The 71-year-old boss of Next Digital Ltd. that publishes the outspoken Apple Daily newspaper told Kyodo News in his Kowloon mansion that the newspaper has relinquished the initiating role in demonstrations since the sweeping national security law was imposed in Hong Kong in June, while vowing not to self-censor.
“We will not print posters to urge the people to demonstrate. We will not do the initiative of driving people out (to protest),” Lai said. “The change is (due to) national security law. If we do that, (the authorities) can come in and clamp down at any time.”
“We will just report what we have to report, like an independent media. We are not going to be censoring ourselves, we would rather close it (down) if we had to censor ourselves,” he said.
Betting on a liberalizing China following the pro-democracy student movement in Beijing’s Tiananmen Square in 1989, Lai started building his media empire in Hong Kong, alongside his clothing and fashion brand Giordano.
An open letter chastising then Chinese Premier Li Peng apparently angered Beijing and Lai was forced to sell off his stake in the apparel company.
“I’ve been wrong. China did open up, (however, it) became more and more dictatorial and authoritarian. But I must say that I have chosen the right career for myself. I really enjoy this career,” he said.
The trading volume and share price of Next Digital, as well as sales of copies of Apple Daily, skyrocketed the day following Lai’s arrest last month, in what he called just another form of support and protest by the people.
On Aug. 10, hundreds of police officers raided Apple Daily’s newsroom, hours after arresting Lai for alleged collusion with foreign forces to endanger national security. His two sons and associates, along with democracy activists Agnes Chow and Andy Li, were also arrested that day.
“Definitely, it’s a politicization that (the authorities) want to intimidate the Hong Kong people and especially people in the movement,” Lai said. He also faces charges of inciting people to join protests and an appeal by the Justice Department on a not-guilty verdict in an intimidation trial.
The enactment and imposition of the national security law, which targets acts of secession, subversion, terrorism and collusion with foreign forces and carries a maximum penalty of life imprisonment, are detrimental to Hong Kong’s rule of law, Lai said.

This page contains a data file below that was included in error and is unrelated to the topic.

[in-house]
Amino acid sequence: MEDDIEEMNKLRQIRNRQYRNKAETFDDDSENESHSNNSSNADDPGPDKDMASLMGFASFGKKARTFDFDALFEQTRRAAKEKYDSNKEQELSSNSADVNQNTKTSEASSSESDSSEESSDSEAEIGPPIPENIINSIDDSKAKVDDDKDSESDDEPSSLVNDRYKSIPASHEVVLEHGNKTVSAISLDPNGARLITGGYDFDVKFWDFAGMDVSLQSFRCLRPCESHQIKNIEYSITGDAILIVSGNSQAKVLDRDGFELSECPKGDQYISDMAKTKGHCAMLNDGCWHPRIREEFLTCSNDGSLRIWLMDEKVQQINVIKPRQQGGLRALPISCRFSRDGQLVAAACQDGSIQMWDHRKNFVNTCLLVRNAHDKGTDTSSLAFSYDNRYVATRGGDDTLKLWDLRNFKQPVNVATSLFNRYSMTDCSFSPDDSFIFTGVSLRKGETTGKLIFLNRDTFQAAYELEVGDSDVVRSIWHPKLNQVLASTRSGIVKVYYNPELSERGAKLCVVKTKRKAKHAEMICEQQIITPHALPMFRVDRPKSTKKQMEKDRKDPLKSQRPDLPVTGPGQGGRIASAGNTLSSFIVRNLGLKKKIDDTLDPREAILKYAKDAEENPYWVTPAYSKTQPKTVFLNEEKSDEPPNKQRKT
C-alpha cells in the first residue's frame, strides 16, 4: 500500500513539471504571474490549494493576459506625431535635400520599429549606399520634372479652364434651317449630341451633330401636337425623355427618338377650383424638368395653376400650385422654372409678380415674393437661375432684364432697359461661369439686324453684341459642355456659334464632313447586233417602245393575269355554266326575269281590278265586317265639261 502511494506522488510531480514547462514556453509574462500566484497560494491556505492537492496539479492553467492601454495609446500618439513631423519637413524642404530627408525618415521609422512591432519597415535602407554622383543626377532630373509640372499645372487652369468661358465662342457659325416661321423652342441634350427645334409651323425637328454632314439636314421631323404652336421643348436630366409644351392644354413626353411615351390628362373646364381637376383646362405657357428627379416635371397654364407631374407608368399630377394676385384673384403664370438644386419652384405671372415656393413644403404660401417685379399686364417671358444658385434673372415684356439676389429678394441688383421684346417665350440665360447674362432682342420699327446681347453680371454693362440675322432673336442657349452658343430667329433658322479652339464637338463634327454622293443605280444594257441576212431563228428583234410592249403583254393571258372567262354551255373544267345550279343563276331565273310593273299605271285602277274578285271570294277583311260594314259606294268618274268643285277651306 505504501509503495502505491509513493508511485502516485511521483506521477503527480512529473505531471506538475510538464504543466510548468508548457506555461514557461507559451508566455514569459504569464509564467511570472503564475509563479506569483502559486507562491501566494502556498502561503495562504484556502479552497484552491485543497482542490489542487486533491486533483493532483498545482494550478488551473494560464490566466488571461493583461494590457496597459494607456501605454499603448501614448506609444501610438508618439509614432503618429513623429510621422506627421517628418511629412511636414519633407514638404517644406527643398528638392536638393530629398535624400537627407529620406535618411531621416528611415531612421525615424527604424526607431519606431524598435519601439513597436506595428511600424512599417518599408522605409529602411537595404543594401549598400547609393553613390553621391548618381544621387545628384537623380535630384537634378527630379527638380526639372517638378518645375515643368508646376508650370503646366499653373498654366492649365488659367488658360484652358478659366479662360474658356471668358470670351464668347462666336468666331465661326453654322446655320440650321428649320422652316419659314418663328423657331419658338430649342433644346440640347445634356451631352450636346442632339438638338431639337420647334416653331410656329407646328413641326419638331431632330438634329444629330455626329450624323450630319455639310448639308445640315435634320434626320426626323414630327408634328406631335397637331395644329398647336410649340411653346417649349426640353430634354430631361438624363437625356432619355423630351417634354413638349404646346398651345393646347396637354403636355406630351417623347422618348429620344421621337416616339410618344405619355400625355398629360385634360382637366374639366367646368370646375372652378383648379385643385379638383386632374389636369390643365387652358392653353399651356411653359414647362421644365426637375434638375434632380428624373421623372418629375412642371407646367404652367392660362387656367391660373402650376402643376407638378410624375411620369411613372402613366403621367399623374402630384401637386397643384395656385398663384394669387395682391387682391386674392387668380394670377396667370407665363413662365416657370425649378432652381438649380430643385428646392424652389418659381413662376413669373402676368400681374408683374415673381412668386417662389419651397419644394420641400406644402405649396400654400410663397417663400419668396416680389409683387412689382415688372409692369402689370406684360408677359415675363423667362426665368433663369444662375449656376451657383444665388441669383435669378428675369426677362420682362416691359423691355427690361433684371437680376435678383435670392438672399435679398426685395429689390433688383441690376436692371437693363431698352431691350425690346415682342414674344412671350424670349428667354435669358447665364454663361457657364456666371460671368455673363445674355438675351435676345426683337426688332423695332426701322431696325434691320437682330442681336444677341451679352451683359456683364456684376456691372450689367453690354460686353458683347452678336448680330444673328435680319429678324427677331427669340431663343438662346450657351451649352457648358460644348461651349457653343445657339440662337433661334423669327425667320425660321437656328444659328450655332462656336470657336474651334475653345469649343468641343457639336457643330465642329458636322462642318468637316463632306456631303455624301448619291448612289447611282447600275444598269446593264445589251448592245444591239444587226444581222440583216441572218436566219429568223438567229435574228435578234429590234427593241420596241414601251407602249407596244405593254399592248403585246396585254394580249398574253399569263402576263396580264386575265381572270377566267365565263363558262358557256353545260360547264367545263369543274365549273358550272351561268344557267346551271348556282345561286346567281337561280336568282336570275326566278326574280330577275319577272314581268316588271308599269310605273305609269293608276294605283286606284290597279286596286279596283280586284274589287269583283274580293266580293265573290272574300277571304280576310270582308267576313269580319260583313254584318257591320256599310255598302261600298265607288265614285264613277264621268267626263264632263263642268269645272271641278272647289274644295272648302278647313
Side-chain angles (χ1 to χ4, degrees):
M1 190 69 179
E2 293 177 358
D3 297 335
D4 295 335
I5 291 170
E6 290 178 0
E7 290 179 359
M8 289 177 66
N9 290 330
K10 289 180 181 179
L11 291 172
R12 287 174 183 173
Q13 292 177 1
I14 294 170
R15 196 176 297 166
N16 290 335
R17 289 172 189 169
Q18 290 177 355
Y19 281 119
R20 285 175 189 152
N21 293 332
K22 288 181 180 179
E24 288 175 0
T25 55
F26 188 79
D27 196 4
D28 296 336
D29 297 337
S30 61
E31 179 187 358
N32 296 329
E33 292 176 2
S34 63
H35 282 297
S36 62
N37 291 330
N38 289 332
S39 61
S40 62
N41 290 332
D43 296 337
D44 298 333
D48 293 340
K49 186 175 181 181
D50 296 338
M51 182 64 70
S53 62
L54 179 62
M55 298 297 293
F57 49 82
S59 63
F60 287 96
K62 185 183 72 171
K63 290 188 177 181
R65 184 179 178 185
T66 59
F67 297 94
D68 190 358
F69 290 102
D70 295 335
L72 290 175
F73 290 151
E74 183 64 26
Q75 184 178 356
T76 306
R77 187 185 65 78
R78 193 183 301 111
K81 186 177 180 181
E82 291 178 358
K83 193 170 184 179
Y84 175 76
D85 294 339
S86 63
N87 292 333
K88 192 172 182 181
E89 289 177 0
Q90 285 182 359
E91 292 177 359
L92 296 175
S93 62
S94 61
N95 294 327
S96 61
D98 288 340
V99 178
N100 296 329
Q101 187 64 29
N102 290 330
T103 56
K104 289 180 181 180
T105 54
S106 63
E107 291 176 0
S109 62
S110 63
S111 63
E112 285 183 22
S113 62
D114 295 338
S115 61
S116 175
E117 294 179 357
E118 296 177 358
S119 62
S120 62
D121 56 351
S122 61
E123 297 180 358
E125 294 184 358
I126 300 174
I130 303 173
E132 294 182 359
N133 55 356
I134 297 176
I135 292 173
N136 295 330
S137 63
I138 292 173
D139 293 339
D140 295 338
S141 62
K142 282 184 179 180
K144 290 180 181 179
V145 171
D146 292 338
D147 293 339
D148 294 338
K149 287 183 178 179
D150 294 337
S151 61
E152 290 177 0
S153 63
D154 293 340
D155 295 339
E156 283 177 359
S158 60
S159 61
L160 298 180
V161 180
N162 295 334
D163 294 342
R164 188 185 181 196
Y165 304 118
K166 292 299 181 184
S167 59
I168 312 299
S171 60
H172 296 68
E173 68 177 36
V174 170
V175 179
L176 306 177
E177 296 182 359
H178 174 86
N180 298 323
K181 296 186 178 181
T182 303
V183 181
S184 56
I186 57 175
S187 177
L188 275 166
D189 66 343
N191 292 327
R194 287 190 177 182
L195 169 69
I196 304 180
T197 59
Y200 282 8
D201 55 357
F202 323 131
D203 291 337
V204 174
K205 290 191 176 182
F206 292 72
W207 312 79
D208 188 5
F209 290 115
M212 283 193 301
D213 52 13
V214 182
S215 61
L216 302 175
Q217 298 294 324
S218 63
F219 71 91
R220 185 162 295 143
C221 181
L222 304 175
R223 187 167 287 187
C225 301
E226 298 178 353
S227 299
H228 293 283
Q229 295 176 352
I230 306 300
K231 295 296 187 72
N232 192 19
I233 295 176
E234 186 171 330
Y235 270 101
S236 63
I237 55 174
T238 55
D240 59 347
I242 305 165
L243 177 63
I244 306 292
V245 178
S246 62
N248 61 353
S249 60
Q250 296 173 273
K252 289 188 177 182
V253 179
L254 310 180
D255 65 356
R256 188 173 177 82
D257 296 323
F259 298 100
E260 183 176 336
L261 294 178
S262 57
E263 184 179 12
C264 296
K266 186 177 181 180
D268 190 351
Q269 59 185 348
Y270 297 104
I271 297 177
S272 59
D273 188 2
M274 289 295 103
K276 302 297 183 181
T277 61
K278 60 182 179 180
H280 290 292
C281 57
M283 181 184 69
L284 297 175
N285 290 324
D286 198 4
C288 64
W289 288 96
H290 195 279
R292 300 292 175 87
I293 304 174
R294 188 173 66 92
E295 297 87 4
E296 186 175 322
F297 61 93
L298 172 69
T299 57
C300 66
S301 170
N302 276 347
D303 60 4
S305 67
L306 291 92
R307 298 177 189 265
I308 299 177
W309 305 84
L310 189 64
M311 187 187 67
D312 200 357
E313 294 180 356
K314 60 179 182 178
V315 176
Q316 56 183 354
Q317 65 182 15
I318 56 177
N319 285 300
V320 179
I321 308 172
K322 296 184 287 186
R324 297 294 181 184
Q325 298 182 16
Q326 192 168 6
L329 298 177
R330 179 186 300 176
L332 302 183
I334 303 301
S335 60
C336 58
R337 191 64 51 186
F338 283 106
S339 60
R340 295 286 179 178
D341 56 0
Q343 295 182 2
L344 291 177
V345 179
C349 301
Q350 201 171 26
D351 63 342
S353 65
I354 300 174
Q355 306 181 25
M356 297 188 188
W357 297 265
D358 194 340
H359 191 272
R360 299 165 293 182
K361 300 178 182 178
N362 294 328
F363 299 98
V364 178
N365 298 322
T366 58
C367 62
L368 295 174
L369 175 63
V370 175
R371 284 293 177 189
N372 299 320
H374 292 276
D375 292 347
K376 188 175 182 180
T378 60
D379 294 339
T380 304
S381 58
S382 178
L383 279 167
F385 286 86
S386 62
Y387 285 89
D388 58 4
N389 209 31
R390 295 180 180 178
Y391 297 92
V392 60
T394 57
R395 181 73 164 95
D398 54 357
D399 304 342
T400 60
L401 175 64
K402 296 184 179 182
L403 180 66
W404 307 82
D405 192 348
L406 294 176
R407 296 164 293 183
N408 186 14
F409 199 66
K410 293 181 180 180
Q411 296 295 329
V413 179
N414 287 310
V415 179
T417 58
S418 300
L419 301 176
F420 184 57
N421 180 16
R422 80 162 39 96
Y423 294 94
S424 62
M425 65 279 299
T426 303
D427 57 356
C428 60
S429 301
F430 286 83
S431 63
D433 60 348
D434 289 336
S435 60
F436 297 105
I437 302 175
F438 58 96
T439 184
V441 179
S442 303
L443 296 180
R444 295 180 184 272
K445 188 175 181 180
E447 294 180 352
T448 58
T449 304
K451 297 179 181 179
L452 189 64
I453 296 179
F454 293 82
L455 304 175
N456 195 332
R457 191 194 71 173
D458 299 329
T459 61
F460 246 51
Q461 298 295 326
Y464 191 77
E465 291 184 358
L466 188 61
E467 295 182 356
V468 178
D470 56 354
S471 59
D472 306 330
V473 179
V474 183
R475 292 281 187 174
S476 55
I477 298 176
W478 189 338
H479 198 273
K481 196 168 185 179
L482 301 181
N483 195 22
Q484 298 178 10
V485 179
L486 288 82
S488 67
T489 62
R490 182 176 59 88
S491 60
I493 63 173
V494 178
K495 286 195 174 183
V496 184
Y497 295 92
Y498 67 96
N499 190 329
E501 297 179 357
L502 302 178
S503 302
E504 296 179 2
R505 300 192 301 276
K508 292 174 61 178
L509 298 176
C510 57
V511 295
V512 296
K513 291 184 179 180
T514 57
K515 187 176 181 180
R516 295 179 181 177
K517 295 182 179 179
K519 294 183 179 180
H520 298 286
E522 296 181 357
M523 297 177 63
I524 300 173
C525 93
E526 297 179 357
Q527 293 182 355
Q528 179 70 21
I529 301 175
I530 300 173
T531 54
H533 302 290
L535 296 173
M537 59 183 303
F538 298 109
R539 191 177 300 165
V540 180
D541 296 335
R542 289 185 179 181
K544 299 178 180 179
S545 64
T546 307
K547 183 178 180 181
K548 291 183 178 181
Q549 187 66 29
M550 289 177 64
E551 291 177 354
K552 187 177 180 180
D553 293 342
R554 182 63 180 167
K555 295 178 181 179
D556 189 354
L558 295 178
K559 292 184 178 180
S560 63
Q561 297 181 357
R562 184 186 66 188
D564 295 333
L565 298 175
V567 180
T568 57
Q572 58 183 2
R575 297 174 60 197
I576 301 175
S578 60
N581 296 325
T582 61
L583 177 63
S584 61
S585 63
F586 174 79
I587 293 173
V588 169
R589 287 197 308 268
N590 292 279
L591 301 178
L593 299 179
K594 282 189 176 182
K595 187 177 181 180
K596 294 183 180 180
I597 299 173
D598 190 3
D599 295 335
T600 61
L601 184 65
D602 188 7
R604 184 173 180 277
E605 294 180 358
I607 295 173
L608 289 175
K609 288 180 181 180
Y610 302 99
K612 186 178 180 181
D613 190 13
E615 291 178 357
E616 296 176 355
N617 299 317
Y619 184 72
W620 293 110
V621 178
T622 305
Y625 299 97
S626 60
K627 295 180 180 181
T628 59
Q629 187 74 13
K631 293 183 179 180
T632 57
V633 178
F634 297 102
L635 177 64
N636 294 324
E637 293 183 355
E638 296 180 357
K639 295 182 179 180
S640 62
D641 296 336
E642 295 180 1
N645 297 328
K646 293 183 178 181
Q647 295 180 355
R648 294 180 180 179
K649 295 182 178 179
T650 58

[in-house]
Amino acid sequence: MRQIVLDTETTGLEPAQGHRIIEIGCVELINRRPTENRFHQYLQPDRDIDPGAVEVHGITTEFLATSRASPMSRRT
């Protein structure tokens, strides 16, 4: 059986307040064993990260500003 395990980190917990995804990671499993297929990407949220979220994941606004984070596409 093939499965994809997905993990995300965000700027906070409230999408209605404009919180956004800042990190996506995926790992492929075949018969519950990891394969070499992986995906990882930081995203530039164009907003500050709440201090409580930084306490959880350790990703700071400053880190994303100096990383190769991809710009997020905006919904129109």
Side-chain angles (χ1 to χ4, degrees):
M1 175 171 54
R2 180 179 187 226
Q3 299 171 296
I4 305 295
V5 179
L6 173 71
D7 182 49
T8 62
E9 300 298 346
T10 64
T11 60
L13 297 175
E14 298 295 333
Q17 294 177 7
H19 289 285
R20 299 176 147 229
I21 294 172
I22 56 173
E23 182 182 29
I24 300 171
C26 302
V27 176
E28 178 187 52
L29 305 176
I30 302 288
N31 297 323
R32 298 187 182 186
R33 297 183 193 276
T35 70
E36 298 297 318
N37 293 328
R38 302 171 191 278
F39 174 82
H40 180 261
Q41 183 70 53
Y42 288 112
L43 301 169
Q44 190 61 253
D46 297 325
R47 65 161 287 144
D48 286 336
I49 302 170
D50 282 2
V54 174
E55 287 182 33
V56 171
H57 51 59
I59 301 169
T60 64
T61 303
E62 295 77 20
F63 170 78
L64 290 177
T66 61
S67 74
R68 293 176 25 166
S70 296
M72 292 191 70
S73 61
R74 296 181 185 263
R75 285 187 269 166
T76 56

“With the national security law, which supersedes our Basic Law and bypasses the Legislative Council, (it) means the rule of law in Hong Kong is destroyed. People who do business here will not have legal protection…especially in the financial business that you have to transact billions and billions in seconds, you need mutual trust to facilitate the transactions.”
“Without the rule of law, there won’t be mutual trust and there won’t be the possibility of a financial center working efficiently. So Hong Kong, without the financial center, without trade center, is dead,” he said.
The security law also spells a death knell for freedom of speech, Lai said, as people have to bear in mind legal consequences for what they do or say.
At least 27 people have been arrested for allegedly breaching the national security law since it took effect, some of them only for chanting or brandishing slogans that the authorities deemed subversive.
“The only thing the (Chinese Communist Party) knows is suppression and control. Like last year, the extradition law, so many people went on the street, but the government never looked at the cause of this resistance.”
“(When suppression) cannot calm it down, China uses national security law, now they are successful. They calmed it down, they intimidated Hong Kong people, but at the same time, they killed Hong Kong,” Lai said.
The monthslong anti-government demonstrations kicked off last year over the now-withdrawn China extradition bill and the subsequent security law have drawn criticisms from some Western countries against China’s perceived encroachment of rights and freedoms promised to the former British colony when it was returned to Chinese rule in 1997, and China’s mishandling of the coronavirus pandemic has added to its woes.
“The pandemic actually has done great harm to China by waking up people in the free world to China’s behaviors. I mean the bullying behavior, the bad…behavior. It is people’s resentment which will make the outside world’s politics so disastrous for China,” Lai said.
“We share the same value with the people in the free world, the people in Japan. What Japan can do, and the world can do to help us, is to keep an eye on Hong Kong and voice out things that bother you.”
“The Japanese government has been very polite and conservative, but even now they are stepping forward to accuse China unlike before. Only by aligning itself with the (United States), and eventually the Western bloc policy, (will Japan) have the power to leverage against China,” he said.
With lawsuits pending and Beijing’s relentless bashing, Lai said he has no plan to leave Hong Kong.
“How can I leave this place? I have been making trouble here, and I can’t make trouble and leave,” Lai said. “I have no regret. I have the responsibility as somebody who has always been in the resistant movement to stay until the end. Because I am not fighting for myself, I am fighting for Hong Kong.”
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